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A solder is a fusible metal alloy with a melting point or melting range of 180 to 190 °C (360 to 370 °F), used in a process called soldering where it is melted to join metallic surfaces. It is especially useful in the fields of electronics and plumbing.
The word solder comes from the Middle English word soudur, via Old French solduree and soulder, from the Latin solidare, meaning '‘to make solid’'. In North American countries the word solder is pronounced with a silent l. Most other countries pronounce the l.
Tin/lead solders are commercially available with tin concentrations between 5% and 70% by weight. The greater the tin concentration, the greater the solder’s tensile and shear strengths. At the retail level, the two most common alloys are 60/40 Sn/Pb and 63/37 Sn/Pb. The 63/37 ratio is notable in that it is a eutectic mixture, which means:
At a eutectic composition, the liquid solder solidifies as a eutectic, which consists of fine grains of nearly pure lead and nearly pure tin phases, but in no way is it an intermetallic, since there are no tin/lead intermetallics, as can be seen from a tin/lead equilibrium diagram. 
In plumbing, a higher proportion of lead was used. This had the advantage of making the alloy solidify more slowly, so that it could be wiped over the joint to ensure watertightness. Although lead water pipes were displaced by copper when the significance of lead poisoning began to be fully appreciated, lead solder was still used until the 1980s because it was thought that the amount of lead that could leach into water from the solder was negligible. Since even small amounts of lead have been found detrimental to health, lead in plumbing solder was replaced by copper or antimony, with silver often added, and the proportion of tin was increased (see Lead-free solder below).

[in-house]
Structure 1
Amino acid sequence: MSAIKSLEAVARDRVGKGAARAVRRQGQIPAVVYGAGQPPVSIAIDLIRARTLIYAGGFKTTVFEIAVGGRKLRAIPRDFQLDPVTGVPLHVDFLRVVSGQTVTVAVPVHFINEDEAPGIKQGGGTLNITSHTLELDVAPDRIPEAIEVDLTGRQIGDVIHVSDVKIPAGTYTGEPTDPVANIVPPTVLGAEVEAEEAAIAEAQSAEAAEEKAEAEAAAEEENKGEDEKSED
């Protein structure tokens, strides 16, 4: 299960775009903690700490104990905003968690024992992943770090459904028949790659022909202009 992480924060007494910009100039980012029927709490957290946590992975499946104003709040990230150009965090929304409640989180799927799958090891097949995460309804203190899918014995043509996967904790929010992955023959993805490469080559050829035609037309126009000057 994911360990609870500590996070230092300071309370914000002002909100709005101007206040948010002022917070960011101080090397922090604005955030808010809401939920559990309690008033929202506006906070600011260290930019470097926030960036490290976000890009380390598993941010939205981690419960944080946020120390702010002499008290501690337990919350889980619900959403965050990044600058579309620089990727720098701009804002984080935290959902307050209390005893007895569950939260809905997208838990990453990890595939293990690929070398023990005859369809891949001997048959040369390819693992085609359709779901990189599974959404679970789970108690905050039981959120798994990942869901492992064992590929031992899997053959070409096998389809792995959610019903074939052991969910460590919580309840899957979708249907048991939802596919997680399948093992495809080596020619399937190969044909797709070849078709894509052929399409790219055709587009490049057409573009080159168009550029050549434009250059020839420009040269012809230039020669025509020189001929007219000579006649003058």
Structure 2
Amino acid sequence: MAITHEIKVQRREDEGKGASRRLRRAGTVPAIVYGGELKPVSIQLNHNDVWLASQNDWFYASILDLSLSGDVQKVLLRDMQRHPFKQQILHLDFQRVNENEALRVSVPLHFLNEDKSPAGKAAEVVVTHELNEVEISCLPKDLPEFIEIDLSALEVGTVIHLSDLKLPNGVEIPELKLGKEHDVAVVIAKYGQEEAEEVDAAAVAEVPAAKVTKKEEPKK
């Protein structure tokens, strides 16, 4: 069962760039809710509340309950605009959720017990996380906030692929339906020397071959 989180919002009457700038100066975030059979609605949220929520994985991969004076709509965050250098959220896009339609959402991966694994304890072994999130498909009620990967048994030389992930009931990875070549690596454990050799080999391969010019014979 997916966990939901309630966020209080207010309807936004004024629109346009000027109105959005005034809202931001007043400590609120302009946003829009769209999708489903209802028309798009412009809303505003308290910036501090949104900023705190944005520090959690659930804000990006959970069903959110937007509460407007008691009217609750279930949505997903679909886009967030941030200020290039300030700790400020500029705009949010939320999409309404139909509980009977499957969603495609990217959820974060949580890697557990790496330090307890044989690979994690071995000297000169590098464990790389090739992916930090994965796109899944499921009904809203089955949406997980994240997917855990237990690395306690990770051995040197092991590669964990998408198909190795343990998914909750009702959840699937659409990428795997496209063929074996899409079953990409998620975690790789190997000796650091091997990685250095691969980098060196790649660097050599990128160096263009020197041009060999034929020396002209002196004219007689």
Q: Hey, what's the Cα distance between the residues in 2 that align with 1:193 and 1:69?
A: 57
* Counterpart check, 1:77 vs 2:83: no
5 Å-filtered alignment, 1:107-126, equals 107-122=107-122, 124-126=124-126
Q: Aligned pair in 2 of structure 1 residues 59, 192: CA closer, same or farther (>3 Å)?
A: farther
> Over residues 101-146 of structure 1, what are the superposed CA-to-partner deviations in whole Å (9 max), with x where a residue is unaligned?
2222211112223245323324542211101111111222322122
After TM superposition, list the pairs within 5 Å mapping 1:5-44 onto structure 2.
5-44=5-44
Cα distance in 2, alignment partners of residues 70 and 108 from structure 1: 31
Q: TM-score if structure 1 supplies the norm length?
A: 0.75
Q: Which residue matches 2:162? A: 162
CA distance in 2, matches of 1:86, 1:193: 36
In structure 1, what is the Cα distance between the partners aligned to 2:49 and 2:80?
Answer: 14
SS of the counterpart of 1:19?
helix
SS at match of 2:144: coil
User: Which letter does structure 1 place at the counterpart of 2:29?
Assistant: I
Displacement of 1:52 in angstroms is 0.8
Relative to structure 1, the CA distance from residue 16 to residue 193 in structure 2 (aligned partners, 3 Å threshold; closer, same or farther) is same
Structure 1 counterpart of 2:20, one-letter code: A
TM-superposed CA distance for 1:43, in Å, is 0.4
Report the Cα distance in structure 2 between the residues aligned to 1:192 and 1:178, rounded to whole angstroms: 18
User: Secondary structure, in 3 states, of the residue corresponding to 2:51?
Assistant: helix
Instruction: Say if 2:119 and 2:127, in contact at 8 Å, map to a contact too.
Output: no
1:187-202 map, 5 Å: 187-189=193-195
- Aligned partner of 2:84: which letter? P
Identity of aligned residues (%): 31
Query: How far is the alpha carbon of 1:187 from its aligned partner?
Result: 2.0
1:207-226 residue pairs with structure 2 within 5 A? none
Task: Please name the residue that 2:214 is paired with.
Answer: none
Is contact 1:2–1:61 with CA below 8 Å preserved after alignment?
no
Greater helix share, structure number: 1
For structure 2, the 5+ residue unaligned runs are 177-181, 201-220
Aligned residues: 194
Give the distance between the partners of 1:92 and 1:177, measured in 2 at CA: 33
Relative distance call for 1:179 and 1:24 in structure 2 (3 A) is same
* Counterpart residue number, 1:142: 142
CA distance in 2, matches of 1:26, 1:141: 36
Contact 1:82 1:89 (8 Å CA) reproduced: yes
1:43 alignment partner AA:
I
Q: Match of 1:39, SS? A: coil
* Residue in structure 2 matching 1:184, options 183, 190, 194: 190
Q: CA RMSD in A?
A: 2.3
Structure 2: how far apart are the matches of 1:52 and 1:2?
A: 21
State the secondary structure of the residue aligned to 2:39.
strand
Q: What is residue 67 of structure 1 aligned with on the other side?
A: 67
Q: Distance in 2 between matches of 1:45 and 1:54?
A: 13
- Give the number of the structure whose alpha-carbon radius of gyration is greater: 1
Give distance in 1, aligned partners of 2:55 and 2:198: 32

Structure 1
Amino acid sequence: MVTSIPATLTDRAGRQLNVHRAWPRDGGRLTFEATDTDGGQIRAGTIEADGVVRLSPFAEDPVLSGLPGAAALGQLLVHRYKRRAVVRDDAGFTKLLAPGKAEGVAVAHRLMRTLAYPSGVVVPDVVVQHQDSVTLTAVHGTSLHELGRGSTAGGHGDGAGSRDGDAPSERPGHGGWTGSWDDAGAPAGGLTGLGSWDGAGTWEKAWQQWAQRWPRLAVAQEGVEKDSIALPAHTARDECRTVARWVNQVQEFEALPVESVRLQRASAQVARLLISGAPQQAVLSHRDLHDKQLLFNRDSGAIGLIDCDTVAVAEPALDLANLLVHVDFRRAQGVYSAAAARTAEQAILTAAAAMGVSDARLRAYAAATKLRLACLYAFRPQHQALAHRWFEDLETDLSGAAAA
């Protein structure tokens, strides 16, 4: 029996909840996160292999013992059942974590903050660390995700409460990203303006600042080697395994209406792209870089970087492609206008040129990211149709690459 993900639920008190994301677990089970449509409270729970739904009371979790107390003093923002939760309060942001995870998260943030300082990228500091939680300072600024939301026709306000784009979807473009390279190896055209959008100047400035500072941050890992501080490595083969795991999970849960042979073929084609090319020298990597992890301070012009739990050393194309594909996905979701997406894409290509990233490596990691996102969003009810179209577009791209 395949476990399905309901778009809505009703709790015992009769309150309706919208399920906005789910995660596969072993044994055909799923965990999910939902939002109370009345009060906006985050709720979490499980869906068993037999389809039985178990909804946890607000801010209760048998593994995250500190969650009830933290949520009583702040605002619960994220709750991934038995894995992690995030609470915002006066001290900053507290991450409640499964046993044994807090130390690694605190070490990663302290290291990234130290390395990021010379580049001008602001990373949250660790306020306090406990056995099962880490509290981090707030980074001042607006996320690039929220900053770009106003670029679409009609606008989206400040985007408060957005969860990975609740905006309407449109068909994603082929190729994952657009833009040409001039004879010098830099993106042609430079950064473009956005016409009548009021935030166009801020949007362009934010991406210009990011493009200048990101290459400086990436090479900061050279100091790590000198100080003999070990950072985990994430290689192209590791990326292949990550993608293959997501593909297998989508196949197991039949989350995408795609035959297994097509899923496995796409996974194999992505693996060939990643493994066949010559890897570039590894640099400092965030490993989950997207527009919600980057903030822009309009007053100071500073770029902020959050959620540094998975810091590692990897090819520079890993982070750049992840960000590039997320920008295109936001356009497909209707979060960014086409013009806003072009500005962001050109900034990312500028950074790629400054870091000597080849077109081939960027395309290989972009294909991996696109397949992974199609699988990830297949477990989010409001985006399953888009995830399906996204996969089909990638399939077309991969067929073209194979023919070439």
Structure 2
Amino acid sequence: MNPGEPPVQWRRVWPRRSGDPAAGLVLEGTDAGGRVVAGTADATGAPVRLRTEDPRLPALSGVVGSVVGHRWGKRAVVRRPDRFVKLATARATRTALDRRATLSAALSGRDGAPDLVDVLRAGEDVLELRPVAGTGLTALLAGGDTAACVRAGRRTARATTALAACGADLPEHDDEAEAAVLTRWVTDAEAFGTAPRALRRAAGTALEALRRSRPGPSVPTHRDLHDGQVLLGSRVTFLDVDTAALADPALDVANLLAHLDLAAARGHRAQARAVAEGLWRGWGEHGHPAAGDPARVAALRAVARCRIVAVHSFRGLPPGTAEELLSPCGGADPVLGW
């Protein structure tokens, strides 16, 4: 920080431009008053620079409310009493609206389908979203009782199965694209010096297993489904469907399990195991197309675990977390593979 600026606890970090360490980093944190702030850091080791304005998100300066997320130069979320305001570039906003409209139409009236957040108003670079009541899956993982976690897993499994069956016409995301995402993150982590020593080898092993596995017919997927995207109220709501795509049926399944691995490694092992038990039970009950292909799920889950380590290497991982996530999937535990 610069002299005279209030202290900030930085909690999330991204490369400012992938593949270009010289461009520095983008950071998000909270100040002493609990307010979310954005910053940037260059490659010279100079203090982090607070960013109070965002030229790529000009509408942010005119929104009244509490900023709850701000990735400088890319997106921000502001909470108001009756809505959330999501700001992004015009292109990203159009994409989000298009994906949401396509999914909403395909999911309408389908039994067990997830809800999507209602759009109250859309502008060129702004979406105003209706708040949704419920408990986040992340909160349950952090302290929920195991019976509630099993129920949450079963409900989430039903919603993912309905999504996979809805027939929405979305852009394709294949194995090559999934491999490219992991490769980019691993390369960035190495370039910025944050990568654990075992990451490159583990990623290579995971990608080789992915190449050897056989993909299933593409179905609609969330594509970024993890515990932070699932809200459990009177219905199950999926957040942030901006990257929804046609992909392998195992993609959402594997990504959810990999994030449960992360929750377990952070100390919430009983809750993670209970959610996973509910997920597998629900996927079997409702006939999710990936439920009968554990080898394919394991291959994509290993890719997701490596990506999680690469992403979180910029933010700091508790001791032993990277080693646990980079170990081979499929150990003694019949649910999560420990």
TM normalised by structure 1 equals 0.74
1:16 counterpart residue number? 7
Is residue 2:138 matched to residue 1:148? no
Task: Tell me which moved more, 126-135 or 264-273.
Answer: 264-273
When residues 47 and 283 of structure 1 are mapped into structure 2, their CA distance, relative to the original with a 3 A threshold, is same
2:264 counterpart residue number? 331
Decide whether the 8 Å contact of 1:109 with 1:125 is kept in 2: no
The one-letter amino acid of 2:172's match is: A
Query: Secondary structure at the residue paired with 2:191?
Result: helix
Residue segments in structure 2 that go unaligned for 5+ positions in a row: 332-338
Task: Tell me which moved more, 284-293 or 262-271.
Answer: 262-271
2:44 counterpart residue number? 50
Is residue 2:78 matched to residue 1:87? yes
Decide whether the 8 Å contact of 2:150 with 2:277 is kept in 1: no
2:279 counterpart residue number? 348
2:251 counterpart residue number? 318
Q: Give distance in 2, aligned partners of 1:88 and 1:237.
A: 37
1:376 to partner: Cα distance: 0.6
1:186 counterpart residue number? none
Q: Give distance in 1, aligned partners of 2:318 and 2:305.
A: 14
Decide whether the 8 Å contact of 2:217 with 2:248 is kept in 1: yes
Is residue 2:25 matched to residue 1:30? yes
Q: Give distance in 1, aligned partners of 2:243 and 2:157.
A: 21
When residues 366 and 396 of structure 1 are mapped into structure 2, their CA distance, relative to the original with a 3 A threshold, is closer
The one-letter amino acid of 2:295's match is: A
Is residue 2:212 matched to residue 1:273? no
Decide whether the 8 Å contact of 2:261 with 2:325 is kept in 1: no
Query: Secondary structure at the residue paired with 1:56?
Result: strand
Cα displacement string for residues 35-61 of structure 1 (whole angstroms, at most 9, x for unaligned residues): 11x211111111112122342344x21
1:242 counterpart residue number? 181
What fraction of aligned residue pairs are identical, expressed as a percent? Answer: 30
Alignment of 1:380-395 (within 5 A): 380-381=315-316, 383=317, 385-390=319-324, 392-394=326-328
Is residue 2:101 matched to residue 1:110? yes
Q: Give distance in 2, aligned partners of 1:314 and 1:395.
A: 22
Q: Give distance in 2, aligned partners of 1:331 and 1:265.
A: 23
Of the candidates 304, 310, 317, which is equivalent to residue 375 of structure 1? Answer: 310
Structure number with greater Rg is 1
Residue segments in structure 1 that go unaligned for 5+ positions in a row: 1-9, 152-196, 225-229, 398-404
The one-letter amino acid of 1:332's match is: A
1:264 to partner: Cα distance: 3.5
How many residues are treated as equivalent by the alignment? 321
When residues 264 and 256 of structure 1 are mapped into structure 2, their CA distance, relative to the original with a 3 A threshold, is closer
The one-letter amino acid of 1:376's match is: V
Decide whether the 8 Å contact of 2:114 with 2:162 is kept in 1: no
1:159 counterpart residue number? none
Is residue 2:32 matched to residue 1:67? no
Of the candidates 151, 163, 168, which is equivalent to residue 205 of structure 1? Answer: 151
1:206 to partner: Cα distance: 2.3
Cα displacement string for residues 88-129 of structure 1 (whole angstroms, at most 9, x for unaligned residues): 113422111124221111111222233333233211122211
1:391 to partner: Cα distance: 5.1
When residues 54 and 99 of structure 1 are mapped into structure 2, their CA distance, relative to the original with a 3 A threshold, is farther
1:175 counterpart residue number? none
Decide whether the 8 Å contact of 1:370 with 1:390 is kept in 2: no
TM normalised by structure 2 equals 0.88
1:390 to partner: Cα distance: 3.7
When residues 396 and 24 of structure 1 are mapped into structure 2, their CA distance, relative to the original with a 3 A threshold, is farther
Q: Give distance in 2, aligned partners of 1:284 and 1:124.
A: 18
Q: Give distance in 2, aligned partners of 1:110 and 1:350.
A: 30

As used for brazing, is generally a copper/zinc or copper/silver alloy, and melts at higher temperatures.
In silversmithing or jewelry making, special hard solders are used that will pass assay. They contain a high proportion of the metal being soldered and lead is not used in these alloys. These solders also come in a variety of hardnesses, known as 'enamelling', 'hard', 'medium' and 'easy'. Enamelling solder has a high melting point, close to that of the material itself, to prevent the joint desoldering during firing in the enamelling process. The remaining solder types are used in decreasing order of hardness during the process of making an item, to prevent a previously soldered seam or joint desoldering while soldering a new joint. Easy solder is also often used for repair work for the same reason. Flux or rouge is also used to prevent joints desoldering.
Flux core solder
Solder often comes pre-mixed with, or is used with, flux, a reducing agent designed to help remove impurities (specifically oxidised metals) from the points of contact to improve the electrical connection. For convenience, solder is often manufactured as a hollow tube and filled with flux. Most cold solder is soft enough to be rolled and packaged as a coil, making for a convenient and compact solder/flux package. The two principal types of flux are acid flux, used for metal mending, and rosin flux, used in electronics, where the corrosiveness of the vapours that arise when acid flux is heated could damage components. Due to concerns over atmospheric pollution and hazardous waste disposal, the electronics industry has been gradually shifting from rosin flux to water-soluble flux, which can be removed with deionised water and detergent, instead of hydrocarbon solvents.
According to the European Union Waste Electrical and Electronic Equipment Directive (WEEE) and Restriction of Hazardous Substances Directive (RoHS), lead had to be eliminated from electronic systems by July 1 2006, leading to much interest in lead-free solders. These contain tin, copper, silver, and sometimes bismuth, indium, zinc, antimony, and other metals in varying amounts. The lead-free replacements for conventional Sn60/Pb40 solder have higher melting points, requiring re-engineering of most components and materials used in electronic assemblies. Lead-free solder joints may produce mechanically weaker joints depending on service and manufacture conditions, which may lead to a decrease in reliability using such solders. "Tin Whiskers" are another problem with many lead-free solders, where slender crystals of tin slowly grow out of the solder joint. These whiskers can bridge a short circuit years after a device's manufacture.
Different elements serve different roles in the solder alloy:
|This article is licensed under the GNU Free Documentation License. It uses material from the Wikipedia article "Solder". A list of authors is available in Wikipedia.|